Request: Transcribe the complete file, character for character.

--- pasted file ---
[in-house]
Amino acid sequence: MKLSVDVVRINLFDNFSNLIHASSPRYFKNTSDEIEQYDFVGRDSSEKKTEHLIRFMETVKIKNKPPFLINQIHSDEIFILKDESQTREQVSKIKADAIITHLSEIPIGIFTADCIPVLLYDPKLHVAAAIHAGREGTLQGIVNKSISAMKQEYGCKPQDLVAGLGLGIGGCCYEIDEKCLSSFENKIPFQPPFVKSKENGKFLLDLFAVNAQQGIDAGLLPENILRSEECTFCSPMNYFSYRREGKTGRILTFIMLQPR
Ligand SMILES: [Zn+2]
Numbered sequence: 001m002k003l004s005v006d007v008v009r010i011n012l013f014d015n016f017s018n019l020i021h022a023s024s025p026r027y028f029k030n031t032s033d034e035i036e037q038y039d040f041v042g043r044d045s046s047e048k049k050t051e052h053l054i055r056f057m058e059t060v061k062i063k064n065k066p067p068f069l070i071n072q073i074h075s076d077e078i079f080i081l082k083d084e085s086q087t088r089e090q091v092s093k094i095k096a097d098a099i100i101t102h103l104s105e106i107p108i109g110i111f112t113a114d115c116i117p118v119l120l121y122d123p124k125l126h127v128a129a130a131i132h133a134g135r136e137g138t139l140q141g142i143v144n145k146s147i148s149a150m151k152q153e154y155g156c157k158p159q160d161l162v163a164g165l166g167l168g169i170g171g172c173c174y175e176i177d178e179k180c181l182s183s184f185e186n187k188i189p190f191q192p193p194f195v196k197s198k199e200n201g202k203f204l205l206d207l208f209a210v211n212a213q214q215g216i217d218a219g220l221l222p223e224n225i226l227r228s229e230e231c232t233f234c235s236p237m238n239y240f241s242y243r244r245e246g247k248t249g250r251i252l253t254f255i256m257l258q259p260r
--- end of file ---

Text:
[in-house]
Amino acid sequence: MKLSVDVVRINLFDNFSNLIHASSPRYFKNTSDEIEQYDFVGRDSSEKKTEHLIRFMETVKIKNKPPFLINQIHSDEIFILKDESQTREQVSKIKADAIITHLSEIPIGIFTADCIPVLLYDPKLHVAAAIHAGREGTLQGIVNKSISAMKQEYGCKPQDLVAGLGLGIGGCCYEIDEKCLSSFENKIPFQPPFVKSKENGKFLLDLFAVNAQQGIDAGLLPENILRSEECTFCSPMNYFSYRREGKTGRILTFIMLQPR
Ligand SMILES: [Zn+2]
Numbered sequence: 001m002k003l004s005v006d007v008v009r010i011n012l013f014d015n016f017s018n019l020i021h022a023s024s025p026r027y028f029k030n031t032s033d034e035i036e037q038y039d040f041v042g043r044d045s046s047e048k049k050t051e052h053l054i055r056f057m058e059t060v061k062i063k064n065k066p067p068f069l070i071n072q073i074h075s076d077e078i079f080i081l082k083d084e085s086q087t088r089e090q091v092s093k094i095k096a097d098a099i100i101t102h103l104s105e106i107p108i109g110i111f112t113a114d115c116i117p118v119l120l121y122d123p124k125l126h127v128a129a130a131i132h133a134g135r136e137g138t139l140q141g142i143v144n145k146s147i148s149a150m151k152q153e154y155g156c157k158p159q160d161l162v163a164g165l166g167l168g169i170g171g172c173c174y175e176i177d178e179k180c181l182s183s184f185e186n187k188i189p190f191q192p193p194f195v196k197s198k199e200n201g202k203f204l205l206d207l208f209a210v211n212a213q214q215g216i217d218a219g220l221l222p223e224n225i226l227r228s229e230e231c232t233f234c235s236p237m238n239y240f241s242y243r244r245e246g247k248t249g250r251i252l253t254f255i256m257l258q259p260r